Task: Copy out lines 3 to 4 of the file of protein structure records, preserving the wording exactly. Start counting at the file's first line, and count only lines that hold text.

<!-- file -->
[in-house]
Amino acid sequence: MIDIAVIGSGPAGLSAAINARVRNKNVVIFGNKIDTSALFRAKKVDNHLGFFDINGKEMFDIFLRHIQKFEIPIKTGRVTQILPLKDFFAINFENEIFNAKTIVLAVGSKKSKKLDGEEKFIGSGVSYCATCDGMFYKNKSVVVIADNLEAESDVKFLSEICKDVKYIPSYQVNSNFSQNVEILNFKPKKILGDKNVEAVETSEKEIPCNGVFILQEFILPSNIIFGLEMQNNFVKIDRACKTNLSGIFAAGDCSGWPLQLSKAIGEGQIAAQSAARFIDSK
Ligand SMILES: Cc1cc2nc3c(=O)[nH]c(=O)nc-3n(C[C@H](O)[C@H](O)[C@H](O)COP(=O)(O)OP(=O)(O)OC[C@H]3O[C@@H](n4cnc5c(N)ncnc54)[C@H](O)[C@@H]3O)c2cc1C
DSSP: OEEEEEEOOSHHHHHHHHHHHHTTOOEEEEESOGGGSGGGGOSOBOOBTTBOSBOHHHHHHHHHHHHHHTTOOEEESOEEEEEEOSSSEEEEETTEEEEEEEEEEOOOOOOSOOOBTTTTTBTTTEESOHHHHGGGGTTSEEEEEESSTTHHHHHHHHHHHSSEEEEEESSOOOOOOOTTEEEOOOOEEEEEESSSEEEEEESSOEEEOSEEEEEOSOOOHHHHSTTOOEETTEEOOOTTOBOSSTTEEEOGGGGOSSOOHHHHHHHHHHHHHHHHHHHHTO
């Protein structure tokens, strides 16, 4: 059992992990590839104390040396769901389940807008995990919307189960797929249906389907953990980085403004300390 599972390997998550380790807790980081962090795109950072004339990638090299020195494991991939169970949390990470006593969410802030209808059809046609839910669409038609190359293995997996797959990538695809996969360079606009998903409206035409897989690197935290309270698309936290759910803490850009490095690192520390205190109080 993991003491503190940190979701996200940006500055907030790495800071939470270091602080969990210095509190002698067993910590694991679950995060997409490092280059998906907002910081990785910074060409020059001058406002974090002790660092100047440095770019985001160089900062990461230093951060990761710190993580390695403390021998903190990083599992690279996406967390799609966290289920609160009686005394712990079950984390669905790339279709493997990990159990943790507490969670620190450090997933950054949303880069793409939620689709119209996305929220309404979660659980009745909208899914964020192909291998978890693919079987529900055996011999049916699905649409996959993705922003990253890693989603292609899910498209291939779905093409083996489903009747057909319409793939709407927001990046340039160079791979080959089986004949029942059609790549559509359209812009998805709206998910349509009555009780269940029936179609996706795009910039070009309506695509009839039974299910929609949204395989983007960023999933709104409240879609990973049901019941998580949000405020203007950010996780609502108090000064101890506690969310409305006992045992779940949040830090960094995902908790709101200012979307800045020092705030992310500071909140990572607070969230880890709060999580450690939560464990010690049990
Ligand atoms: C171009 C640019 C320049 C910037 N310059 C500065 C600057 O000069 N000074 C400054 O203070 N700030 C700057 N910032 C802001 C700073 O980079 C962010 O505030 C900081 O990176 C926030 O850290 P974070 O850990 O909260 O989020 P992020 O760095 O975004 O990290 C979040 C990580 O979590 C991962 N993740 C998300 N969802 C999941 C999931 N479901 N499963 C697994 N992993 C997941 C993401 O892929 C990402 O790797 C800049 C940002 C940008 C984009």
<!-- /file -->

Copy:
Ligand SMILES: Cc1cc2nc3c(=O)[nH]c(=O)nc-3n(C[C@H](O)[C@H](O)[C@H](O)COP(=O)(O)OP(=O)(O)OC[C@H]3O[C@@H](n4cnc5c(N)ncnc54)[C@H](O)[C@@H]3O)c2cc1C
DSSP: OEEEEEEOOSHHHHHHHHHHHHTTOOEEEEESOGGGSGGGGOSOBOOBTTBOSBOHHHHHHHHHHHHHHTTOOEEESOEEEEEEOSSSEEEEETTEEEEEEEEEEOOOOOOSOOOBTTTTTBTTTEESOHHHHGGGGTTSEEEEEESSTTHHHHHHHHHHHSSEEEEEESSOOOOOOOTTEEEOOOOEEEEEESSSEEEEEESSOEEEOSEEEEEOSOOOHHHHSTTOOEETTEEOOOTTOBOSSTTEEEOGGGGOSSOOHHHHHHHHHHHHHHHHHHHHTO